This includes some buy to lets as the Courts Service is not always able to distinguish family homes from buy lets.

    It also includes proceedings issued twice for the same mortgage as many proceedings were struck out because of various legal challenges.

    The number of proceedings issued has dropped by 80% since the peak in 2014.

    The number of proceedings issued has halved between 2017 and 2018.

    The unreliable Central Bank data show the exact same trend – an 80% fall since 2014 and a 53% fall between 2017 and 2018.

    How many court proceedings are still outstanding?

    Some campaigners claim that there are up to 20,000 cases in the legal system. But when asked, they can’t provide any source or basis for this estimate.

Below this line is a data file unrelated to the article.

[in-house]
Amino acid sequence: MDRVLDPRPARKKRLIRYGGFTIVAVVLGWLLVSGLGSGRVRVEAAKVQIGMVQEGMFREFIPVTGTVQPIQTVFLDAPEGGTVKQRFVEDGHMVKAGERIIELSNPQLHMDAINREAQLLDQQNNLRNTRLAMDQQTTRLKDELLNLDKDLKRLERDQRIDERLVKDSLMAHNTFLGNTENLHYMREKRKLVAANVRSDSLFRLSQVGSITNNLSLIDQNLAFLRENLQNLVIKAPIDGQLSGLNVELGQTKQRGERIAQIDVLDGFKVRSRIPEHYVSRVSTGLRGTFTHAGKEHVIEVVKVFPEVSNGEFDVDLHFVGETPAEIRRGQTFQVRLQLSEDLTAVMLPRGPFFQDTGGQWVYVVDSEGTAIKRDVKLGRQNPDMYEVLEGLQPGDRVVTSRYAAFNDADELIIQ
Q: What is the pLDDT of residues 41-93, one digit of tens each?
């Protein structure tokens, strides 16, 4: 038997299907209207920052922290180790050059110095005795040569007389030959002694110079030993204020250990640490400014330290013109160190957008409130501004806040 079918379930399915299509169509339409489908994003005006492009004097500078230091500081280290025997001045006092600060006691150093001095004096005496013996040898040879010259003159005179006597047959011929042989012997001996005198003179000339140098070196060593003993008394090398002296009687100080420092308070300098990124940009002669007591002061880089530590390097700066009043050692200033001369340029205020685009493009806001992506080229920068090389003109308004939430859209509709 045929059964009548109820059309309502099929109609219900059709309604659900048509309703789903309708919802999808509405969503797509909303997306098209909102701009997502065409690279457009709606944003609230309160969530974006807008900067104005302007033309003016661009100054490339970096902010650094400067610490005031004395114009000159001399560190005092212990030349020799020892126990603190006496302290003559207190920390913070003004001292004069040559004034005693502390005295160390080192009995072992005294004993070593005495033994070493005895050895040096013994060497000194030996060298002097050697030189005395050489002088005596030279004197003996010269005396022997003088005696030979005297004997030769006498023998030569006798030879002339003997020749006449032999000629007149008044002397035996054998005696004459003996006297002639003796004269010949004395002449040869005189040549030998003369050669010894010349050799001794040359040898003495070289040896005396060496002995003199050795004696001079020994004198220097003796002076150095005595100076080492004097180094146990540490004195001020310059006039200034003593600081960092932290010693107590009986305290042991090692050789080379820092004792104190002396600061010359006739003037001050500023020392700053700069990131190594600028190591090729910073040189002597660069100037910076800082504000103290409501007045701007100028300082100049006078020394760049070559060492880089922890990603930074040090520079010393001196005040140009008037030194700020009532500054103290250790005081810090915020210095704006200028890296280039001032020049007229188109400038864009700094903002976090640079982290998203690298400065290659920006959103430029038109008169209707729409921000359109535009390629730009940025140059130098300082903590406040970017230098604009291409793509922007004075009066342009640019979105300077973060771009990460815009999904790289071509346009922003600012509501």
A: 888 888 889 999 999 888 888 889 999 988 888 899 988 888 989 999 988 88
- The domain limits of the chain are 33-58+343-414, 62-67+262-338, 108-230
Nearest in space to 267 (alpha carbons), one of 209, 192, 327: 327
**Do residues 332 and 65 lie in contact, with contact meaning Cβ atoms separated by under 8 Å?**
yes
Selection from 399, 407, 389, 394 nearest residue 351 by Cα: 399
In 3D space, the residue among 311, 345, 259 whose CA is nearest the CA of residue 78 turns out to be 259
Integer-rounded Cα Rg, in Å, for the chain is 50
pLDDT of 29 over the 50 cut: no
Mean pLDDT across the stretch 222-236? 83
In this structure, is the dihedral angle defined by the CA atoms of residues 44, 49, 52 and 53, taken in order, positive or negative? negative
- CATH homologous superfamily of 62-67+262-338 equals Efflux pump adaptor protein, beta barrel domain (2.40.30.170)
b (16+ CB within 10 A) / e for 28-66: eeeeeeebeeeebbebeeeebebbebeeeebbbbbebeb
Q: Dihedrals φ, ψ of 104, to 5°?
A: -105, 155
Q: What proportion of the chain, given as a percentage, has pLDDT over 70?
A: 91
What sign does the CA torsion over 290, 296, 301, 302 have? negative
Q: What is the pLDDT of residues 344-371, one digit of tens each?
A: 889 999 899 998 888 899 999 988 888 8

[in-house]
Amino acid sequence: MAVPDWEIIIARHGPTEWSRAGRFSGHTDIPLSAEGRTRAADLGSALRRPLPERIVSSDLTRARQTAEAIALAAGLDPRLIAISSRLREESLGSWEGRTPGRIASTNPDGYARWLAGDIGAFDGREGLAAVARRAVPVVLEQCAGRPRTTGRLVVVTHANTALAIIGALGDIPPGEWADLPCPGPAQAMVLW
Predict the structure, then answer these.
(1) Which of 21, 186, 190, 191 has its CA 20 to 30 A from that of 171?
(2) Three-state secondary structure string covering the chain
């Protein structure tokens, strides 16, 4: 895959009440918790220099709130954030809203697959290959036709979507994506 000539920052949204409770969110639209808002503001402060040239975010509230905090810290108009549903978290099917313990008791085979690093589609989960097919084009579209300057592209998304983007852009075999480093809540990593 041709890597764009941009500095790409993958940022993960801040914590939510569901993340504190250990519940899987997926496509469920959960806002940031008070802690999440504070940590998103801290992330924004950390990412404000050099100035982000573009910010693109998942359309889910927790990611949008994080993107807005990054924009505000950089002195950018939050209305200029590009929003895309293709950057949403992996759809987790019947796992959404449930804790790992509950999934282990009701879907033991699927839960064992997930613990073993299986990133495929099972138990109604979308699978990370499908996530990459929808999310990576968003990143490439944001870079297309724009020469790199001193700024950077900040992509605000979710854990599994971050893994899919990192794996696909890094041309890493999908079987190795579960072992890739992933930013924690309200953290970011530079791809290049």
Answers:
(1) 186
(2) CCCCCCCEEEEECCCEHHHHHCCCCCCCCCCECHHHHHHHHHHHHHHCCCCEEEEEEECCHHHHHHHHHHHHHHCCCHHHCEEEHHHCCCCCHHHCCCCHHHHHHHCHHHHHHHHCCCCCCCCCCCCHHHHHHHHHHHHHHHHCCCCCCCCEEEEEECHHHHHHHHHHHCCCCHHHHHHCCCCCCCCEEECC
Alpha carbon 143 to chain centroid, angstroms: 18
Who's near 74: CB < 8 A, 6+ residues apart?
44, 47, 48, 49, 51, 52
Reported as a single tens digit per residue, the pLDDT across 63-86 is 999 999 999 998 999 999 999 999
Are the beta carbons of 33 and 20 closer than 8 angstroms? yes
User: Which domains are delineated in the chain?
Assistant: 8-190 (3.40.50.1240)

In November, the Community Action Network said in a report: “There are currently an estimated 20,000 possession cases before the courts”

    In the Irish Times Saturday Feb 2nd , “In his recent study of the Irish mortgage market, NUIG’s Padraic Kenna said he found that “the big bulk of cases are stuck in the courts system, and they’re being sent round and around and looking for adjournments. He estimates that there could be up to 20,000 mortgage holders in this legal limbo.”

    The Courts Service does not produce this data. But a review of the courts lists for possession cases shows that most of them come from 2017 and 2018. So here is my estimate.